International Baccalaureate (IB)

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International Baccalaureate

Students from the age of three to nineteen can choose to educate based on the International Baccalaureate.

The International Baccalaureate aims to develop inquiring, knowledgeable, and caring young people who help create a better and more peaceful world through intercultural understanding and respect. To this end, the organization works with schools, governments, and international organizations to develop challenging international education programs and rigorous assessments. These programs encourage students worldwide to become active, compassionate, and lifelong learners who understand that other people, with their differences, can also be right.

IB learner profile

All IB programs aim to develop internationally minded people who, recognizing their common humanity and shared guardianship of the planet, help create a better and more peaceful world.

IB learners strive to be:

  • Inquirers

They develop their natural curiosity. They acquire the skills necessary to conduct inquiry and research and show independence in learning. They actively enjoy learning, and this love of learning will be sustained throughout their lives.

  • Knowledgeable

They explore concepts, ideas, and issues that have local and global significance. In so doing, they acquire in-depth knowledge and develop understanding across a broad and balanced range of disciplines.

  • Thinkers

They exercise initiative in applying thinking skills critically and creatively to recognize and approach complex problems and make reasoned, ethical decisions.

  • Communicators

They understand and express ideas and information confidently and creatively in more than one language and various modes of communication. They work effectively and willingly in collaboration with others.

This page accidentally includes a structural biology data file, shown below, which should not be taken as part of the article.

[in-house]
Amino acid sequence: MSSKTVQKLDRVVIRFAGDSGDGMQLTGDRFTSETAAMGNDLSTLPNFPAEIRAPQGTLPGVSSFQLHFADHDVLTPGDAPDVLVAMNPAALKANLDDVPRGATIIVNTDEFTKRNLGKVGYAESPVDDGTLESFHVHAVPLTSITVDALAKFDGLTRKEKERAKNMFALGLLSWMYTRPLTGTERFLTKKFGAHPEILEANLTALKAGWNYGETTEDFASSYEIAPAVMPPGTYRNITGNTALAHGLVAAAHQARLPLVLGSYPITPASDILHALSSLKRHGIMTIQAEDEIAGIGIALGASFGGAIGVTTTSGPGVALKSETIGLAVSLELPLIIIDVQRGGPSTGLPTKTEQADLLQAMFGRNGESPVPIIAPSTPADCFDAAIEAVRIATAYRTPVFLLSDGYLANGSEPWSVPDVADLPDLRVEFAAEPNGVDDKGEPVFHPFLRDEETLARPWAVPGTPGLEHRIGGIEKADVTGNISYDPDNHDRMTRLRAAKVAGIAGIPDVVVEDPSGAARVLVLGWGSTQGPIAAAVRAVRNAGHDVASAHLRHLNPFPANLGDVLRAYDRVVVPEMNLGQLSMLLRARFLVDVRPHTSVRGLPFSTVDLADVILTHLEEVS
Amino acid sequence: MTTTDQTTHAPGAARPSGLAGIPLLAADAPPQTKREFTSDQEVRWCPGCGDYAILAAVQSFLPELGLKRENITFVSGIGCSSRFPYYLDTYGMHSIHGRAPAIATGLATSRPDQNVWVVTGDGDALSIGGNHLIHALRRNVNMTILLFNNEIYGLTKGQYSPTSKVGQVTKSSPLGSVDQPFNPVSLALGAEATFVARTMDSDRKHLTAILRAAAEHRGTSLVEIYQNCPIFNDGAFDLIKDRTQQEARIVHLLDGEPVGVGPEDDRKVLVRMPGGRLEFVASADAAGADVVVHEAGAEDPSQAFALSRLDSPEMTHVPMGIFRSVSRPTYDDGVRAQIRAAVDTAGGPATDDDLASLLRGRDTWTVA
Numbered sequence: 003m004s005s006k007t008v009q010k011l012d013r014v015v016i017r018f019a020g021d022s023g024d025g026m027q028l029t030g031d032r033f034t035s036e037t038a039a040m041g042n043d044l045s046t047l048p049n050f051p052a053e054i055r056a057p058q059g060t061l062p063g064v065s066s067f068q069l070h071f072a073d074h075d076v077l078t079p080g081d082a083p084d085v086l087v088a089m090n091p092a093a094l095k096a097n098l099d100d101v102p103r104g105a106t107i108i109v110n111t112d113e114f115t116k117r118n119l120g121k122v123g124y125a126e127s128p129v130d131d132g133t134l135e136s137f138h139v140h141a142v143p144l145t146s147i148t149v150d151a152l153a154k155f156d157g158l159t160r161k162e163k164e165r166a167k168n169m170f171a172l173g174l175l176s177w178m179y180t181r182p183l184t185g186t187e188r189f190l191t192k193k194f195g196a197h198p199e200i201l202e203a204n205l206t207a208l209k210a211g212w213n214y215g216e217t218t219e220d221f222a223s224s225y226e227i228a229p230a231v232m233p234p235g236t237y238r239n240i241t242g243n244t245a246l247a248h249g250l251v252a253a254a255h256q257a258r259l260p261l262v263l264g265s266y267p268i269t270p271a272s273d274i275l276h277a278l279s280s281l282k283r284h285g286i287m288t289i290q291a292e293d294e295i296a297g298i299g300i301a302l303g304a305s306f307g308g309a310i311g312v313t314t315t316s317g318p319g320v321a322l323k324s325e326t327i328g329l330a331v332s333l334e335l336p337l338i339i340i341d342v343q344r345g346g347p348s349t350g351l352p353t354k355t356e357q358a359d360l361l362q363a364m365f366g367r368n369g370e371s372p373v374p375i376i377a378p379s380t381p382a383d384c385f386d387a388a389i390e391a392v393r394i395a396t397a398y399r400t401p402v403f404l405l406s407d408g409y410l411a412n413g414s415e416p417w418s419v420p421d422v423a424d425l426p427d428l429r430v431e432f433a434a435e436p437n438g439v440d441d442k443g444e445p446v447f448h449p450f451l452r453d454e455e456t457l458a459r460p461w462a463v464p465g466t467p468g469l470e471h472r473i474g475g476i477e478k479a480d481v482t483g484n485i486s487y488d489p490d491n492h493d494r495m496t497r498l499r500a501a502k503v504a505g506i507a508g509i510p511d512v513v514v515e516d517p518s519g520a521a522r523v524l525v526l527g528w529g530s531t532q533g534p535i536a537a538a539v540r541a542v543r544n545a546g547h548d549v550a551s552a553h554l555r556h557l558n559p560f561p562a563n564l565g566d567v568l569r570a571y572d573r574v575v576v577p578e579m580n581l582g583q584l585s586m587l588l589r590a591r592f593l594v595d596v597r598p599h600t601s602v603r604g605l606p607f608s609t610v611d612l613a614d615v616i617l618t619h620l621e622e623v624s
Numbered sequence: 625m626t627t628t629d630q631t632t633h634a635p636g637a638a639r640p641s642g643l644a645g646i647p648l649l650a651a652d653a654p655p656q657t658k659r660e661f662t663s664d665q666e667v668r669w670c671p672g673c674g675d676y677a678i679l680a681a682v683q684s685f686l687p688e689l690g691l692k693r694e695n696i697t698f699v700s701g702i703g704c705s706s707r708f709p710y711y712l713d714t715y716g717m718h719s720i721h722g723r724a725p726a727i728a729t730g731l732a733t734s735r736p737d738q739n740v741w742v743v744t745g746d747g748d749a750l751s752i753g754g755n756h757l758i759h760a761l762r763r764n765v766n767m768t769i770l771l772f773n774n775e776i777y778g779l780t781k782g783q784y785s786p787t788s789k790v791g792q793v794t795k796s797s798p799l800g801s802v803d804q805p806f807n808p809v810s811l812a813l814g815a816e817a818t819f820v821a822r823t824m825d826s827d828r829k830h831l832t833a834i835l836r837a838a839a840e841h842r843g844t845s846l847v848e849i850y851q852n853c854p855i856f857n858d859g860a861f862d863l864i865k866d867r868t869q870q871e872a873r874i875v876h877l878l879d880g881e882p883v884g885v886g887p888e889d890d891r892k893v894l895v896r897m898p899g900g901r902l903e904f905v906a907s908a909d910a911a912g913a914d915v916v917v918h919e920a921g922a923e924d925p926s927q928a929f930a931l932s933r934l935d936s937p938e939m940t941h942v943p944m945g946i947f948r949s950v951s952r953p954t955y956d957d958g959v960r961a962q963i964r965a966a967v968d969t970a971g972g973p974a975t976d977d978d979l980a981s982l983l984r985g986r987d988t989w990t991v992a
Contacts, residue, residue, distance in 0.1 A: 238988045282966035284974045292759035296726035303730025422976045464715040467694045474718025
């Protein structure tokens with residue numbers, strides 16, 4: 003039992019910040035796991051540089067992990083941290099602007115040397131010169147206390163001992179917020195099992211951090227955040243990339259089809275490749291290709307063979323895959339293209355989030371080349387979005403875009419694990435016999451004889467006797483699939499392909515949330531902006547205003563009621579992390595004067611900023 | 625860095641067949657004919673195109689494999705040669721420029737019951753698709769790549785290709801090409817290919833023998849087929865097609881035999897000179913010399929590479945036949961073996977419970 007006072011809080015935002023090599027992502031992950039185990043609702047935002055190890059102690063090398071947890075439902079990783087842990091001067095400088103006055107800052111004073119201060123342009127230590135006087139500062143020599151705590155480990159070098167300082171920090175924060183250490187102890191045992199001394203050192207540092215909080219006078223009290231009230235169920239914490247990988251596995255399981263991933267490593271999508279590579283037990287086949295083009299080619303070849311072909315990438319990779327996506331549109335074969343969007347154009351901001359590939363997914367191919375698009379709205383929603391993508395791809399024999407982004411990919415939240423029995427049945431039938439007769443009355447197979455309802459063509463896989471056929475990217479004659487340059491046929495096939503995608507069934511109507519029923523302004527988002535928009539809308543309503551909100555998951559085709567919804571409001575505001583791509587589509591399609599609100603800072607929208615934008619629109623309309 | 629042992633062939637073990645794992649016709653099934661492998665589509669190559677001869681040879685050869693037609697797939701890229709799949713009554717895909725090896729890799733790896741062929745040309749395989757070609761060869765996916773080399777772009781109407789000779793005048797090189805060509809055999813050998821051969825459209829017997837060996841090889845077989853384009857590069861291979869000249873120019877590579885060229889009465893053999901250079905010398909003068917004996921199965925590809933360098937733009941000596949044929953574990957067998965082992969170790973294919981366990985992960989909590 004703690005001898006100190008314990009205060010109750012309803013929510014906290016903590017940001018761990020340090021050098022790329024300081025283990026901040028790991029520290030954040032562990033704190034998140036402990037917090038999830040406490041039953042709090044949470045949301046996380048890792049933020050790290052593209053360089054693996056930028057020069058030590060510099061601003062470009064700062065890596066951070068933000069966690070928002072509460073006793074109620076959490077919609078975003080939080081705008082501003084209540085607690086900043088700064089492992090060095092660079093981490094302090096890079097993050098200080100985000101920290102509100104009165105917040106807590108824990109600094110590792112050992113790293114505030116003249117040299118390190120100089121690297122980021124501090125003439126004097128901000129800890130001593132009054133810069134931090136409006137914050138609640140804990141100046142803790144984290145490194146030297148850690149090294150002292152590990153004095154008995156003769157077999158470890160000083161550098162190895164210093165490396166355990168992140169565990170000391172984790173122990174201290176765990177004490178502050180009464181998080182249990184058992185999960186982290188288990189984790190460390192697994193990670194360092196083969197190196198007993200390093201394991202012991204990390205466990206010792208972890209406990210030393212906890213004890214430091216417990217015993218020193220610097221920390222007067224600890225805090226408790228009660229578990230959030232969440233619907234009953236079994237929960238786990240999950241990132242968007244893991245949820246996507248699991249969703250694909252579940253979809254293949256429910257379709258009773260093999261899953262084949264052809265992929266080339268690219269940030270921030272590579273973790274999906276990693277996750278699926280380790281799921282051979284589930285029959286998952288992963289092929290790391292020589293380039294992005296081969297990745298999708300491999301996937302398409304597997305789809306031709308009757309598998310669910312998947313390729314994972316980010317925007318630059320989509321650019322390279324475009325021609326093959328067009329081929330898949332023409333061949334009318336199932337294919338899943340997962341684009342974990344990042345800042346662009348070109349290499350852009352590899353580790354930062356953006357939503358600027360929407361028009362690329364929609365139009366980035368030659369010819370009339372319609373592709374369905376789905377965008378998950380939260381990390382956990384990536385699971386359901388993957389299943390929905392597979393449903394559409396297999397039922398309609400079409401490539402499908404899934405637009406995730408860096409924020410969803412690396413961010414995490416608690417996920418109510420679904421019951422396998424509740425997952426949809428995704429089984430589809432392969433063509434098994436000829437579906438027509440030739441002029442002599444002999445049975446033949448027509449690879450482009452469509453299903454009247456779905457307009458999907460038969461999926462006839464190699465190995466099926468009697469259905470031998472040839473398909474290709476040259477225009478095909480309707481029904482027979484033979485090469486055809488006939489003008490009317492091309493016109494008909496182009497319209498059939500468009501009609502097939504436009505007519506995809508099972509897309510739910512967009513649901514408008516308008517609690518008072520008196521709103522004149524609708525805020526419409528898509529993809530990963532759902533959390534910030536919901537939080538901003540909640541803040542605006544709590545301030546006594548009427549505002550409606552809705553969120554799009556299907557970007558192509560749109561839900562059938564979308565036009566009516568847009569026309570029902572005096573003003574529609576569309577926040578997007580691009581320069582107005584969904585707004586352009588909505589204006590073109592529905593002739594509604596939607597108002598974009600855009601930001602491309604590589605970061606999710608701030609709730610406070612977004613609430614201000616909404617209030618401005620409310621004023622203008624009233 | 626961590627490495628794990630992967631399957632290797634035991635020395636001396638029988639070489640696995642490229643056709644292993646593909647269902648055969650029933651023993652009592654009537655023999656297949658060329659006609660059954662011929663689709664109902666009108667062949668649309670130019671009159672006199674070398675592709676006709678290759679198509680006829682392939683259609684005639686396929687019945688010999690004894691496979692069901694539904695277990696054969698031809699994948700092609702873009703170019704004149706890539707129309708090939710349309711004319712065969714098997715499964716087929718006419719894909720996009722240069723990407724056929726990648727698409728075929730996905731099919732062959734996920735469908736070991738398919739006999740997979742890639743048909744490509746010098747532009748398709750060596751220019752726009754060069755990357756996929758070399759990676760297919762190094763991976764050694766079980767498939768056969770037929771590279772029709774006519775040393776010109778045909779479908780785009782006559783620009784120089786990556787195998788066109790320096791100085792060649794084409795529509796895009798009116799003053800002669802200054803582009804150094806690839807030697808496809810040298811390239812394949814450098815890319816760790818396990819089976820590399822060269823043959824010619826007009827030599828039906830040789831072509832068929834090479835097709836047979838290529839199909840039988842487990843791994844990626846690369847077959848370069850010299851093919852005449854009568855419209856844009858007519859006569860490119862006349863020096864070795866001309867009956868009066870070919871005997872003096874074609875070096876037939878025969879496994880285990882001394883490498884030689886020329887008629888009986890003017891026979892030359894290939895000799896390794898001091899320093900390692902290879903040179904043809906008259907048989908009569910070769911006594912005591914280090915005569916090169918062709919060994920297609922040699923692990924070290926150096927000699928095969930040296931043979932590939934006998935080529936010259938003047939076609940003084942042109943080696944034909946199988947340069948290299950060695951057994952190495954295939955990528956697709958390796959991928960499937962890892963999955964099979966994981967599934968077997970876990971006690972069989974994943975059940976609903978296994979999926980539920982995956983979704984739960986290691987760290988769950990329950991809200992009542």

• Principled

They act with integrity and honesty, with a strong sense of fairness, justice, and respect for the dignity of the individual, groups, and communities. They take responsibility for their actions and the consequences that accompany them.

  • Open-minded

They understand and appreciate their own cultures and personal histories and are open to other individuals and communities’ perspectives, values, and traditions. They are accustomed to seeking and evaluating a range of points of view and are willing to grow from the experience.

  • Caring

They show empathy, compassion, and respect towards the needs and feelings of others. They have a personal commitment to service and act to make a positive difference in the lives of others and the environment.

  • Risk-takers

They approach unfamiliar situations and uncertainty with courage and forethought and have the independence of spirit to explore new roles, ideas, and strategies. They are brave and articulate in defending their beliefs.

  • Balanced

They understand the importance of intellectual, physical, and emotional balance to achieve personal well-being for themselves and others.

  • Reflective

They give thoughtful consideration to their own learning and experience. They can assess and understand their strengths and limitations in order to support their learning and personal development.